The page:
A 2018 Environmental Protection Agency (EPA) report uncovered that over half of the nine million people living near hazardous waste sites are people of color. More specifically, the study found Blacks,Latinx, Asian/Pacific Islander, and Native American groups to be most exposed to hazardous waste facilities (within one km), bearing the onerous burden of environmental racism.
The majority of environmental issues facing people of color result from significant institutional barriers. For instance, with largely ineffective or non-existent sanitation infrastructure such as running water and sewage lines in highly populated areas, compounded by lack of political power to pressure all levels of government for just and equitable treatment, the physical state of minority communities quickly deteriorates.
Furthermore, Bullard found that discriminatory government policies, banking practices, and housing practices limit social mobility, diminish job opportunities, and decrease environmental choices for minority groups, thereby segregating Blacks, Latinos, and others from their white counterparts.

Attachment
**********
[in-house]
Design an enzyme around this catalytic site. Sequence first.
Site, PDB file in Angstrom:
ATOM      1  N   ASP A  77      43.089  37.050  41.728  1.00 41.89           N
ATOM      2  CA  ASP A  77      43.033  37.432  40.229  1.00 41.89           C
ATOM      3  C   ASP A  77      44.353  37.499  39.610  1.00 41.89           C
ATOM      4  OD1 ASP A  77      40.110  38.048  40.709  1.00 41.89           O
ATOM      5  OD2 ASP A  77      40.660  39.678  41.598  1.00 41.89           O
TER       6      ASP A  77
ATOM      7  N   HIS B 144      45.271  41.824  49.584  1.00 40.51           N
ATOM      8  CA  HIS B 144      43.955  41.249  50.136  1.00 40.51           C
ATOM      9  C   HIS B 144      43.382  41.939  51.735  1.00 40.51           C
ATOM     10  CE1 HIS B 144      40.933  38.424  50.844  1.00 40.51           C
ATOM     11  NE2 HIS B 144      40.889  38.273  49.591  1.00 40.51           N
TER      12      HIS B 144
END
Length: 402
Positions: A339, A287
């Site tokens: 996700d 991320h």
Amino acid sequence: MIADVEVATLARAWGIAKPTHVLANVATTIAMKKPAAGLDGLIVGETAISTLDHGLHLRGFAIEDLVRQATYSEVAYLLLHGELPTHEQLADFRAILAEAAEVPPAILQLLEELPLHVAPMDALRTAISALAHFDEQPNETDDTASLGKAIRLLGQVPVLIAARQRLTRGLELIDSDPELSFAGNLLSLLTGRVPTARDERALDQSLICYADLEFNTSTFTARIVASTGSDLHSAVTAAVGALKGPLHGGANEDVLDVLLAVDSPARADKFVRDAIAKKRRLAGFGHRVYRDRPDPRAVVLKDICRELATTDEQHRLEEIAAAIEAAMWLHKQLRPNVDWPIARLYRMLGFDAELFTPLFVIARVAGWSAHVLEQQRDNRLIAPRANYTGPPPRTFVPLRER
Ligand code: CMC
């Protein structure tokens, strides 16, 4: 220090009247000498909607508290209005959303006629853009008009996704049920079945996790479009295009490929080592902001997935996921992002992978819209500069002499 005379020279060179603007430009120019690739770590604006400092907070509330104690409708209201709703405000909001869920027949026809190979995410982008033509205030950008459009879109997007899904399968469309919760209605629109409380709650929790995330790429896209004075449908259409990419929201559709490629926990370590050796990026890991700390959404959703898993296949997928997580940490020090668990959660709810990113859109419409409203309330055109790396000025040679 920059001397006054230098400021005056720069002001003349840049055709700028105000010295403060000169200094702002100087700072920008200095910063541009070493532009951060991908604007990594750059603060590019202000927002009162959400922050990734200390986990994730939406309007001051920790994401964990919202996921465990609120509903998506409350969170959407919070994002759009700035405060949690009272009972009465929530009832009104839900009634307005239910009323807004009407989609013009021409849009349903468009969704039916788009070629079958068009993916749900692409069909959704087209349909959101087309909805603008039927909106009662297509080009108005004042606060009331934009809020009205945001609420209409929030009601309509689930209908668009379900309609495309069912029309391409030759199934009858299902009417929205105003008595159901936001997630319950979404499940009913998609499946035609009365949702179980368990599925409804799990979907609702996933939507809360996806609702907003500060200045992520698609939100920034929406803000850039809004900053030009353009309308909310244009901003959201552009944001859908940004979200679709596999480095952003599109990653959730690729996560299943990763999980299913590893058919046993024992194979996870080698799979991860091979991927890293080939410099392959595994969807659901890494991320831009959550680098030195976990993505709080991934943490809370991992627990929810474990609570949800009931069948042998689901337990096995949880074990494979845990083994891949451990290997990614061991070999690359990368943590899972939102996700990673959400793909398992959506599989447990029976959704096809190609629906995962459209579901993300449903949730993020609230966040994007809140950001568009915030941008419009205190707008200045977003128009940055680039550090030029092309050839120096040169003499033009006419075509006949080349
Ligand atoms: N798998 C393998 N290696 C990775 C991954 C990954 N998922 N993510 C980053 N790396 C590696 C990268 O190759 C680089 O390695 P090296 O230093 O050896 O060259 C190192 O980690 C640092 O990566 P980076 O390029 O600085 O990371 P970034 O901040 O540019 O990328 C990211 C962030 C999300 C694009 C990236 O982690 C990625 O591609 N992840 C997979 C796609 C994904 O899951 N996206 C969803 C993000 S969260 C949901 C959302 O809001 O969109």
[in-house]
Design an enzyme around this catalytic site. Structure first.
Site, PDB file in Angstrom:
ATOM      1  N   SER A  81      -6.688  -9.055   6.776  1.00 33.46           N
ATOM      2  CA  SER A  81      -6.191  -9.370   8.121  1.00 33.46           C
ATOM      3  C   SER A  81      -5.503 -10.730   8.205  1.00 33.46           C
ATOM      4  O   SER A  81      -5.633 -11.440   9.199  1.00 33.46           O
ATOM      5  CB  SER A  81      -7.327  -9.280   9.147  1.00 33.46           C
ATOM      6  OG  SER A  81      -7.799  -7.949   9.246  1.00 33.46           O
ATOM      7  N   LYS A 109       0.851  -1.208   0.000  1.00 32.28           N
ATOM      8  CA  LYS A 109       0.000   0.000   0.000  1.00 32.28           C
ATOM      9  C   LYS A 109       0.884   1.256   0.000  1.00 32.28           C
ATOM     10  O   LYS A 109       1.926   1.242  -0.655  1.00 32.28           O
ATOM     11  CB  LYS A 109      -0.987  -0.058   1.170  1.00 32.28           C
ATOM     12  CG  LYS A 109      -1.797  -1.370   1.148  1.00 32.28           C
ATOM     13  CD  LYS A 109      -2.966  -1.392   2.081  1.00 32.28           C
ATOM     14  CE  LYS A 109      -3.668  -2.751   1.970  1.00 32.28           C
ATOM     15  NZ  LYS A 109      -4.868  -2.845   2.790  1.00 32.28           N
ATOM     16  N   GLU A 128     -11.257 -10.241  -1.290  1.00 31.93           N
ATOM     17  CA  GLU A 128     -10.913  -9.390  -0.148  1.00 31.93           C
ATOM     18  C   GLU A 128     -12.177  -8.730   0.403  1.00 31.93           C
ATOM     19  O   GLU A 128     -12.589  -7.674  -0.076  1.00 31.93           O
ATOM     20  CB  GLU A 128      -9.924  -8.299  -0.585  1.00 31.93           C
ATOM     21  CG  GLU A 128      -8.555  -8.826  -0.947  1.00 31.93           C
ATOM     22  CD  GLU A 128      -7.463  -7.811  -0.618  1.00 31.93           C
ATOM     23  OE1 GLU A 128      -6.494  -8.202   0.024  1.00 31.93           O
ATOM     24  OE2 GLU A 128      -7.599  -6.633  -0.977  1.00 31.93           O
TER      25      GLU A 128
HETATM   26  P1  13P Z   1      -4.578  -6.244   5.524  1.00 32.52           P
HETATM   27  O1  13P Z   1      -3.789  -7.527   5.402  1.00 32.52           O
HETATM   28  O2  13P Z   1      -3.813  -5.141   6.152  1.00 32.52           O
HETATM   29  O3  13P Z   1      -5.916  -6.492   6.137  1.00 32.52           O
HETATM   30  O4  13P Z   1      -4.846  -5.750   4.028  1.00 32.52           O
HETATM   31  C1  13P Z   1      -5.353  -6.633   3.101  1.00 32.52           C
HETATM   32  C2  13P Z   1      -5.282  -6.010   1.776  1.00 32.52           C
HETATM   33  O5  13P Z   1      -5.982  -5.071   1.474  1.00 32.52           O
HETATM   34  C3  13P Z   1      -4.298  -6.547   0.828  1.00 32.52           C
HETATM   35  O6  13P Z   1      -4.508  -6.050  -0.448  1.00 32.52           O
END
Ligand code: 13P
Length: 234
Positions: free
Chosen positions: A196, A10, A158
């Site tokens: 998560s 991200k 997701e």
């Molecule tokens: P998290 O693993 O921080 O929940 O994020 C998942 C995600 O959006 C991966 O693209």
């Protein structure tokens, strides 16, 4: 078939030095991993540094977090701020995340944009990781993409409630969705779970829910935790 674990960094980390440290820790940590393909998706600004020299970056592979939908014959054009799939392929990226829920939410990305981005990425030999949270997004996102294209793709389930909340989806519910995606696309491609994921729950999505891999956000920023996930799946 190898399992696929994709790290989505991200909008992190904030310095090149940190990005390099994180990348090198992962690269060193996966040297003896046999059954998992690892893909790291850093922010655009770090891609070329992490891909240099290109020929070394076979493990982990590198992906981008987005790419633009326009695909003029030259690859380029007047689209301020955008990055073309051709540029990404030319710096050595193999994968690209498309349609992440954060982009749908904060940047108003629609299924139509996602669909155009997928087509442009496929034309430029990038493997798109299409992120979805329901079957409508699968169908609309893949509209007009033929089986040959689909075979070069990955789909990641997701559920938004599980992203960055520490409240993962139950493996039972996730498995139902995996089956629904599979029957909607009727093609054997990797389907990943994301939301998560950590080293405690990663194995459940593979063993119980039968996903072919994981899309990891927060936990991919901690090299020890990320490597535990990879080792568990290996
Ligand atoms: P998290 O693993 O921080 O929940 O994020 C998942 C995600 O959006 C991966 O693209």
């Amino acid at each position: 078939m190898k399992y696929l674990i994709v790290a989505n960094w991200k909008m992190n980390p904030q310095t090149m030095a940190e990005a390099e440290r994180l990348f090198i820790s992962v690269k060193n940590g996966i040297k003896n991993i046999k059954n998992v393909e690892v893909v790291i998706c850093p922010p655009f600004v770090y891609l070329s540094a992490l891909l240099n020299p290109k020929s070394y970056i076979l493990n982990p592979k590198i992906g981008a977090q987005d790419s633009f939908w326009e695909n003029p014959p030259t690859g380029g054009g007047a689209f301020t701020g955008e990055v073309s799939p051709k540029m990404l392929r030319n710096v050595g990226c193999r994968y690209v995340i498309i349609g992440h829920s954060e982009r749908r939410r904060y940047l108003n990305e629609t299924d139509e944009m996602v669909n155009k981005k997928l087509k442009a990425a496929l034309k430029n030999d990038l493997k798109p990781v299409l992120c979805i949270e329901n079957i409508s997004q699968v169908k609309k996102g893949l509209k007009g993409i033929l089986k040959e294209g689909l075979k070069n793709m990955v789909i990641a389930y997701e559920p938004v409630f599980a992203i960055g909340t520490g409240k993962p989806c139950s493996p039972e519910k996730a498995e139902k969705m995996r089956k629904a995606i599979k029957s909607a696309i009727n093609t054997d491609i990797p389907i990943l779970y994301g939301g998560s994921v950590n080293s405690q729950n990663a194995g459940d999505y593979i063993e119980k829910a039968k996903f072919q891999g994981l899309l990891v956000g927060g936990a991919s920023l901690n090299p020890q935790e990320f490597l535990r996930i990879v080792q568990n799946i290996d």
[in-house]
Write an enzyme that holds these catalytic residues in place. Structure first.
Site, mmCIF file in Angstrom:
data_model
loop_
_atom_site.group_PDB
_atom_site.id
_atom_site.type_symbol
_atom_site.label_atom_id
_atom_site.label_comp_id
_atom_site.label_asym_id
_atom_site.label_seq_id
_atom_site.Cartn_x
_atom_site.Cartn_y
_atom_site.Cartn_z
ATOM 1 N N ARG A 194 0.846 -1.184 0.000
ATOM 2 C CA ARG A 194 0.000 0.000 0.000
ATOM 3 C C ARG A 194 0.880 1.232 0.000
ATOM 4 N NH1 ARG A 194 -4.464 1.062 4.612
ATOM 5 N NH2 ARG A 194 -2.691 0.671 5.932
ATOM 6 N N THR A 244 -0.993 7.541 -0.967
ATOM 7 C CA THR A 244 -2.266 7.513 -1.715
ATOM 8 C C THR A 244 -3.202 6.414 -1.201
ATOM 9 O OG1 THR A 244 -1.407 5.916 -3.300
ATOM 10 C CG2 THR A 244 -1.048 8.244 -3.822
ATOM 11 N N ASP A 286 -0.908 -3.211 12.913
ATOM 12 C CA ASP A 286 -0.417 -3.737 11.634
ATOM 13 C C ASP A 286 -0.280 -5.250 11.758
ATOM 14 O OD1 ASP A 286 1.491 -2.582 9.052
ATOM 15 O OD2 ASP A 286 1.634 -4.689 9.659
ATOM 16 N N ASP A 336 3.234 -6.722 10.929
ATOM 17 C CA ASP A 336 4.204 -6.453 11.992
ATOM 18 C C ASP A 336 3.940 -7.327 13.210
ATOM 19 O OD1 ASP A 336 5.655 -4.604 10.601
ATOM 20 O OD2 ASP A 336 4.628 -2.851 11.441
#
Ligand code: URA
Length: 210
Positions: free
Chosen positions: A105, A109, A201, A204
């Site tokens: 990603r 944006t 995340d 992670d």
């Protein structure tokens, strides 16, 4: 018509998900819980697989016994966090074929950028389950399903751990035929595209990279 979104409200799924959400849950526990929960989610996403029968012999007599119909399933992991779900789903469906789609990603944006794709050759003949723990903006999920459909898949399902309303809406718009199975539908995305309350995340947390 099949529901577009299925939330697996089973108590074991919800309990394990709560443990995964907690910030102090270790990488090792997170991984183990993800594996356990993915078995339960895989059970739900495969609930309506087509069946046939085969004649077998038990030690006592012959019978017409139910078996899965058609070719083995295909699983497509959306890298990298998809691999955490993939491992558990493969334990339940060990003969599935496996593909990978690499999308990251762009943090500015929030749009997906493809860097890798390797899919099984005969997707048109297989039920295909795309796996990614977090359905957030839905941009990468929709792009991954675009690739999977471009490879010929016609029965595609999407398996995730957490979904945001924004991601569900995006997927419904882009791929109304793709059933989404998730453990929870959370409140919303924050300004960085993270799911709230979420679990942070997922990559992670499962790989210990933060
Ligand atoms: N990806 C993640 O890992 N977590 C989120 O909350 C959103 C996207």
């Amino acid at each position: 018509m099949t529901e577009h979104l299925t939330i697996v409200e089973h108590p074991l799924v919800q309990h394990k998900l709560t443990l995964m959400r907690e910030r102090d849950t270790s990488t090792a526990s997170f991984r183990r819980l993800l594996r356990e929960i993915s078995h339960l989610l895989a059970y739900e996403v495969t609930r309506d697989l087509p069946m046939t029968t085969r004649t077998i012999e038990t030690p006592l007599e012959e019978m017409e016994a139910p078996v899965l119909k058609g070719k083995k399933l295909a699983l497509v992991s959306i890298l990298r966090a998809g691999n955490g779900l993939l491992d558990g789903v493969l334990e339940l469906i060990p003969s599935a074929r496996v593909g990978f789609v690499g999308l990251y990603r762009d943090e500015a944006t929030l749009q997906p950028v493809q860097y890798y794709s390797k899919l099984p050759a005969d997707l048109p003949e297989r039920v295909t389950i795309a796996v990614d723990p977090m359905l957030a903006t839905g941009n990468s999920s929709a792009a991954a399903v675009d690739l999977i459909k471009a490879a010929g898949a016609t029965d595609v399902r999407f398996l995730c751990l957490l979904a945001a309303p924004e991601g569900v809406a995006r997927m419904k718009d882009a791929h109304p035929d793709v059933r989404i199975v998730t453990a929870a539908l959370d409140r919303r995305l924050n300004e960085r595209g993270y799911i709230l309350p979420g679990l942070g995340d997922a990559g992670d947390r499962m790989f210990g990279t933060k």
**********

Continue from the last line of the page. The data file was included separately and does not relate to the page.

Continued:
Impacts of environmental racism on Native American communities
American Indian land has also been heavily polluted. The Commission for Racial Justice found that nearly 50% of all American Indians live in areas with uncontrolled hazardous waste sites. It is no secret that Native Americans have historically suffered from institutional disenfranchisement. Forceful marginalization, however, continues to burden Native American communities to this day.
Due to the complicated nature of Native American land ownership, most Native American property is held in trust. In other words, the federal government holds title to Native American lands on behalf of each nation, despite the fact that they are formally recognized as sovereign nations.